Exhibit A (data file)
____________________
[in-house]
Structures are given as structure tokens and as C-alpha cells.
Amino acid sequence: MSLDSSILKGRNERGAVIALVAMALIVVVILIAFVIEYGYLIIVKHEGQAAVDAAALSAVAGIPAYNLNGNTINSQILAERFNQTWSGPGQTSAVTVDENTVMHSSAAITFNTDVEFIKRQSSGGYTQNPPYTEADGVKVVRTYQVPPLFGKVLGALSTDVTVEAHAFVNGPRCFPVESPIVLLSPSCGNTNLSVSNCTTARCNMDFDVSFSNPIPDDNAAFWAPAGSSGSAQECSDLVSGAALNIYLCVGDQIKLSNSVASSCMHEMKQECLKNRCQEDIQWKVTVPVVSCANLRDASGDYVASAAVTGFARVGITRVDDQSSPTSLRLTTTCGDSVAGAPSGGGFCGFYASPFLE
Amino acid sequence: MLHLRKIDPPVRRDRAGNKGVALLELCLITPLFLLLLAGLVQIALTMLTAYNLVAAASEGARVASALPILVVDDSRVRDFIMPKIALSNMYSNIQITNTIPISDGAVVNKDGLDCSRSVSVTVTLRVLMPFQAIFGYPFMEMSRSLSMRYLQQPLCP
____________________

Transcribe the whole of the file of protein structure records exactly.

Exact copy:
[in-house]
Structures are given as structure tokens and as C-alpha cells.
Amino acid sequence: MSLDSSILKGRNERGAVIALVAMALIVVVILIAFVIEYGYLIIVKHEGQAAVDAAALSAVAGIPAYNLNGNTINSQILAERFNQTWSGPGQTSAVTVDENTVMHSSAAITFNTDVEFIKRQSSGGYTQNPPYTEADGVKVVRTYQVPPLFGKVLGALSTDVTVEAHAFVNGPRCFPVESPIVLLSPSCGNTNLSVSNCTTARCNMDFDVSFSNPIPDDNAAFWAPAGSSGSAQECSDLVSGAALNIYLCVGDQIKLSNSVASSCMHEMKQECLKNRCQEDIQWKVTVPVVSCANLRDASGDYVASAAVTGFARVGITRVDDQSSPTSLRLTTTCGDSVAGAPSGGGFCGFYASPFLE
Amino acid sequence: MLHLRKIDPPVRRDRAGNKGVALLELCLITPLFLLLLAGLVQIALTMLTAYNLVAAASEGARVASALPILVVDDSRVRDFIMPKIALSNMYSNIQITNTIPISDGAVVNKDGLDCSRSVSVTVTLRVLMPFQAIFGYPFMEMSRSLSMRYLQQPLCP